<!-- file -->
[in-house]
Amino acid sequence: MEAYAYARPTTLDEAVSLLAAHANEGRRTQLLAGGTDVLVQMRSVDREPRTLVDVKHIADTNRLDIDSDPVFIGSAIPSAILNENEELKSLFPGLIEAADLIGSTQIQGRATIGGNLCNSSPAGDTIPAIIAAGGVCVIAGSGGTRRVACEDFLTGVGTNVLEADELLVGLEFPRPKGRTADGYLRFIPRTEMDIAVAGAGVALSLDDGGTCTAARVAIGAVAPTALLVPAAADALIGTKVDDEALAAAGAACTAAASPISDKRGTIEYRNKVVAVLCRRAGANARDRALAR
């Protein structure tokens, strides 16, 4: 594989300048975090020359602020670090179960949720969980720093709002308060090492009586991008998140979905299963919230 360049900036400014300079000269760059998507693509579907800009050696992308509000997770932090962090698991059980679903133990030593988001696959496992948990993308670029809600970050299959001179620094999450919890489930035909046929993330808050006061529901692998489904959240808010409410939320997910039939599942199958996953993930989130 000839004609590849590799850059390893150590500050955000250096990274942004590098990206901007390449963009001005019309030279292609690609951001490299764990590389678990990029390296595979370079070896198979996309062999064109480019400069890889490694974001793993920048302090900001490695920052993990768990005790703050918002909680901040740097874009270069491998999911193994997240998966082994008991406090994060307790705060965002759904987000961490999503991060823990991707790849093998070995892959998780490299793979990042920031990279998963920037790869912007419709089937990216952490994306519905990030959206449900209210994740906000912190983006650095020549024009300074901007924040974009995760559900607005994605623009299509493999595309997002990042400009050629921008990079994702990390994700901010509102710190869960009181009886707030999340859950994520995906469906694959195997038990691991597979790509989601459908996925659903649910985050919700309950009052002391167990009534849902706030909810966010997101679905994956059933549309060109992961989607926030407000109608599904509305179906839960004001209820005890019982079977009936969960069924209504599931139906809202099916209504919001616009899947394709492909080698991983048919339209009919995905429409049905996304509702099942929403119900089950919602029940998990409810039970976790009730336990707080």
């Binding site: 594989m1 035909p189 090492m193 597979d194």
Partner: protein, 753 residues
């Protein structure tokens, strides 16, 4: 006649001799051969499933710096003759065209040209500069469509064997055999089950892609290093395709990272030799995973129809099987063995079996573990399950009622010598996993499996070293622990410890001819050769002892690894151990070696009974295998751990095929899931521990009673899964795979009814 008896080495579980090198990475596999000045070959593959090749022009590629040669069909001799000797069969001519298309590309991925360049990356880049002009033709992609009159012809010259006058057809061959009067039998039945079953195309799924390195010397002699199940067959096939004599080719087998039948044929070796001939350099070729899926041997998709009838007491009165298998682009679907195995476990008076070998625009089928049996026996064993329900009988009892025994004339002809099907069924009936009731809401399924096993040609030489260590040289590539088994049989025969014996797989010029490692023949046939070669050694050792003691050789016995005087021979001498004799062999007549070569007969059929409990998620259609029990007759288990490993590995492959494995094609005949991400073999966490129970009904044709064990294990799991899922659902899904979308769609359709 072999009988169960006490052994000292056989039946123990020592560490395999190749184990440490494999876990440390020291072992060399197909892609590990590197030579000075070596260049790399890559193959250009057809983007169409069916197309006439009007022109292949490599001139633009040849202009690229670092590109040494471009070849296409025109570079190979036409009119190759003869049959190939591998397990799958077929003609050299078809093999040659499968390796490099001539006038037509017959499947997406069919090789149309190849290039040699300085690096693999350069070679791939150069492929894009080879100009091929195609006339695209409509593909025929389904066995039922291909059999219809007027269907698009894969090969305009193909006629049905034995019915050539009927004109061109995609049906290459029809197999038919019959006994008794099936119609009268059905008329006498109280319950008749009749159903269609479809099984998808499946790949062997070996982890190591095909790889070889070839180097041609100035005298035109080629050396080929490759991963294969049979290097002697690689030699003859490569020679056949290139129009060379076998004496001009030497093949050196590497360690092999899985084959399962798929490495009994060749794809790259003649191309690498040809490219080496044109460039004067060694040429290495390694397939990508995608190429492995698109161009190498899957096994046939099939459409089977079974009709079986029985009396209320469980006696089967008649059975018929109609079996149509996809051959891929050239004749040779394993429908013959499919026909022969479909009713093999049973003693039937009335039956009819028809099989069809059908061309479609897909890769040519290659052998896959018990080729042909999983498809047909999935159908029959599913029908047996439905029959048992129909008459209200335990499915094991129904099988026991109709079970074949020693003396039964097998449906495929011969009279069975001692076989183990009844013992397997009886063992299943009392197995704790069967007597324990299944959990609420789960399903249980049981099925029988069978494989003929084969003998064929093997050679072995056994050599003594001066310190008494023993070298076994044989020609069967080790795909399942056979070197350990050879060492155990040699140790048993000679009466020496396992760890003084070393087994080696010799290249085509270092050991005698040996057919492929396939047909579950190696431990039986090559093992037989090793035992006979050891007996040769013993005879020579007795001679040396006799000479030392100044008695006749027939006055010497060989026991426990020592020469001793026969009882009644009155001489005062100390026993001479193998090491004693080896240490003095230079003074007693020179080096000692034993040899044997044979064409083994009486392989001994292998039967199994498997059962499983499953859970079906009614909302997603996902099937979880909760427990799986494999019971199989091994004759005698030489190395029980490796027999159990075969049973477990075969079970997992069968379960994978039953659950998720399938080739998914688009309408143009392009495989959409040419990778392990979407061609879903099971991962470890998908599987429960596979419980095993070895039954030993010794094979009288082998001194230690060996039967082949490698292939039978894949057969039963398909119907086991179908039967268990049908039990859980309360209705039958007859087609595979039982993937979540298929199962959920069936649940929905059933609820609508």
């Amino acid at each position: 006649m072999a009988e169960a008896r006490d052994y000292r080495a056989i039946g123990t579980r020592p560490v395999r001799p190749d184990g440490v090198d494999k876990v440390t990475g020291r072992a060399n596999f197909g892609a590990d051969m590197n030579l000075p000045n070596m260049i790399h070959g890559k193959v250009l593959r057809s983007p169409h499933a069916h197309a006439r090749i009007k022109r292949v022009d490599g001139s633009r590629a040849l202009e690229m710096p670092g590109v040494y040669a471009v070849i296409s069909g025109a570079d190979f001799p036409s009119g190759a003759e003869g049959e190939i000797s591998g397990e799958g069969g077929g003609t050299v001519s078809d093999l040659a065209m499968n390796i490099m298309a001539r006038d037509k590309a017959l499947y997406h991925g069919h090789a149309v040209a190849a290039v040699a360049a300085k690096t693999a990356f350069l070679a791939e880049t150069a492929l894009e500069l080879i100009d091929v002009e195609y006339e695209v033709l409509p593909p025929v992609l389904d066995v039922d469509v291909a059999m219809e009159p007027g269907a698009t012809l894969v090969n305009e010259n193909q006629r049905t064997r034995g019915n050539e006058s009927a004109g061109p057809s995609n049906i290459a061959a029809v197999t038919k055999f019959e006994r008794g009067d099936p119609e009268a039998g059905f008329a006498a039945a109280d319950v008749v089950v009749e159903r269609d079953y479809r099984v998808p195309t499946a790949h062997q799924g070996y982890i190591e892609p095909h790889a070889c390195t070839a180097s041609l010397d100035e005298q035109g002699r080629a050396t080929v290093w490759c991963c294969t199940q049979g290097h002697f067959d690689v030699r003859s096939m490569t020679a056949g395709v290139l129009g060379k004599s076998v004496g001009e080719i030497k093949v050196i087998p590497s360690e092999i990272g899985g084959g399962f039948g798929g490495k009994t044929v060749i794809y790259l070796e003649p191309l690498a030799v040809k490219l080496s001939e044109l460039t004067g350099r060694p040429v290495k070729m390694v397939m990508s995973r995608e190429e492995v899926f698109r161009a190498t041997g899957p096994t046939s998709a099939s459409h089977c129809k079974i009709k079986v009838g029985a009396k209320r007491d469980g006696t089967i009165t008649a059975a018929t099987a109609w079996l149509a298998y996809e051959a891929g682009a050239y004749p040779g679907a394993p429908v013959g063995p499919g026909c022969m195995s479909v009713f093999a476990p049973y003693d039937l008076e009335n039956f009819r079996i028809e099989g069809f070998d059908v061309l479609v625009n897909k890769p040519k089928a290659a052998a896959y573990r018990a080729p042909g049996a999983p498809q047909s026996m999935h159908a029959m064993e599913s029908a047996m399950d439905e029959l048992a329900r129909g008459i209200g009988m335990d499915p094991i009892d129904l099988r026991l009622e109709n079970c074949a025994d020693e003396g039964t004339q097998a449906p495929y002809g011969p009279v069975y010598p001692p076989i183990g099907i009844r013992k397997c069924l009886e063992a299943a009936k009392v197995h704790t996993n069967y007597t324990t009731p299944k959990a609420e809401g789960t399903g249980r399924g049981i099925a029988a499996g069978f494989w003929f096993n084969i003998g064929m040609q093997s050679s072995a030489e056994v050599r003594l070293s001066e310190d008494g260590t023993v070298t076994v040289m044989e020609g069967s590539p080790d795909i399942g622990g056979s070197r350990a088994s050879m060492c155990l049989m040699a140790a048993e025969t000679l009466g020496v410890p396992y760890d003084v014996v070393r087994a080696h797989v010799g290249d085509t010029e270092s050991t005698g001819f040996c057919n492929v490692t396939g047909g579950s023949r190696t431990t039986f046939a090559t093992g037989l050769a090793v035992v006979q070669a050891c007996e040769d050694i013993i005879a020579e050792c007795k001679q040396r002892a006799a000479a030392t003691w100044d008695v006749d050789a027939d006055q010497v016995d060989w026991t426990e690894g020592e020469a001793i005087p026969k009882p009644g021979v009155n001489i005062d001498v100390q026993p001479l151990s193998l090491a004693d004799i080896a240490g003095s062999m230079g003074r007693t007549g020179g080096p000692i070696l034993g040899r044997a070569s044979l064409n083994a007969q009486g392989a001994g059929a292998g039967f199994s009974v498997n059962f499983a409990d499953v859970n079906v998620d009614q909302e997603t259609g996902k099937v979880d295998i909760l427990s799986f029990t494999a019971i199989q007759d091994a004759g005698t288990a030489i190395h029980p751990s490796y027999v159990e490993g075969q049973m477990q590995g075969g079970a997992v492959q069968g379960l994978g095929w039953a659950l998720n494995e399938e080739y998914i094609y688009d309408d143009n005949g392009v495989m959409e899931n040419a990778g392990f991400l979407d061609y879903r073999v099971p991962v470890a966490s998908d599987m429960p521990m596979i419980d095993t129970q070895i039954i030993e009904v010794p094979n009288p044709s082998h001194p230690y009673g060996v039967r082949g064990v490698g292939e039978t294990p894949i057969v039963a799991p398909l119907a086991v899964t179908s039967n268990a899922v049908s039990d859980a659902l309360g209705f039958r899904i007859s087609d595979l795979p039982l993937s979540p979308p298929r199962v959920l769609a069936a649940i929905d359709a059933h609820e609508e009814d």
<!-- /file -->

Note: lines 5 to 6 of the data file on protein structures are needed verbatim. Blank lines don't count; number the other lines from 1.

Partner: protein, 753 residues
């Protein structure tokens, strides 16, 4: 006649001799051969499933710096003759065209040209500069469509064997055999089950892609290093395709990272030799995973129809099987063995079996573990399950009622010598996993499996070293622990410890001819050769002892690894151990070696009974295998751990095929899931521990009673899964795979009814 008896080495579980090198990475596999000045070959593959090749022009590629040669069909001799000797069969001519298309590309991925360049990356880049002009033709992609009159012809010259006058057809061959009067039998039945079953195309799924390195010397002699199940067959096939004599080719087998039948044929070796001939350099070729899926041997998709009838007491009165298998682009679907195995476990008076070998625009089928049996026996064993329900009988009892025994004339002809099907069924009936009731809401399924096993040609030489260590040289590539088994049989025969014996797989010029490692023949046939070669050694050792003691050789016995005087021979001498004799062999007549070569007969059929409990998620259609029990007759288990490993590995492959494995094609005949991400073999966490129970009904044709064990294990799991899922659902899904979308769609359709 072999009988169960006490052994000292056989039946123990020592560490395999190749184990440490494999876990440390020291072992060399197909892609590990590197030579000075070596260049790399890559193959250009057809983007169409069916197309006439009007022109292949490599001139633009040849202009690229670092590109040494471009070849296409025109570079190979036409009119190759003869049959190939591998397990799958077929003609050299078809093999040659499968390796490099001539006038037509017959499947997406069919090789149309190849290039040699300085690096693999350069070679791939150069492929894009080879100009091929195609006339695209409509593909025929389904066995039922291909059999219809007027269907698009894969090969305009193909006629049905034995019915050539009927004109061109995609049906290459029809197999038919019959006994008794099936119609009268059905008329006498109280319950008749009749159903269609479809099984998808499946790949062997070996982890190591095909790889070889070839180097041609100035005298035109080629050396080929490759991963294969049979290097002697690689030699003859490569020679056949290139129009060379076998004496001009030497093949050196590497360690092999899985084959399962798929490495009994060749794809790259003649191309690498040809490219080496044109460039004067060694040429290495390694397939990508995608190429492995698109161009190498899957096994046939099939459409089977079974009709079986029985009396209320469980006696089967008649059975018929109609079996149509996809051959891929050239004749040779394993429908013959499919026909022969479909009713093999049973003693039937009335039956009819028809099989069809059908061309479609897909890769040519290659052998896959018990080729042909999983498809047909999935159908029959599913029908047996439905029959048992129909008459209200335990499915094991129904099988026991109709079970074949020693003396039964097998449906495929011969009279069975001692076989183990009844013992397997009886063992299943009392197995704790069967007597324990299944959990609420789960399903249980049981099925029988069978494989003929084969003998064929093997050679072995056994050599003594001066310190008494023993070298076994044989020609069967080790795909399942056979070197350990050879060492155990040699140790048993000679009466020496396992760890003084070393087994080696010799290249085509270092050991005698040996057919492929396939047909579950190696431990039986090559093992037989090793035992006979050891007996040769013993005879020579007795001679040396006799000479030392100044008695006749027939006055010497060989026991426990020592020469001793026969009882009644009155001489005062100390026993001479193998090491004693080896240490003095230079003074007693020179080096000692034993040899044997044979064409083994009486392989001994292998039967199994498997059962499983499953859970079906009614909302997603996902099937979880909760427990799986494999019971199989091994004759005698030489190395029980490796027999159990075969049973477990075969079970997992069968379960994978039953659950998720399938080739998914688009309408143009392009495989959409040419990778392990979407061609879903099971991962470890998908599987429960596979419980095993070895039954030993010794094979009288082998001194230690060996039967082949490698292939039978894949057969039963398909119907086991179908039967268990049908039990859980309360209705039958007859087609595979039982993937979540298929199962959920069936649940929905059933609820609508």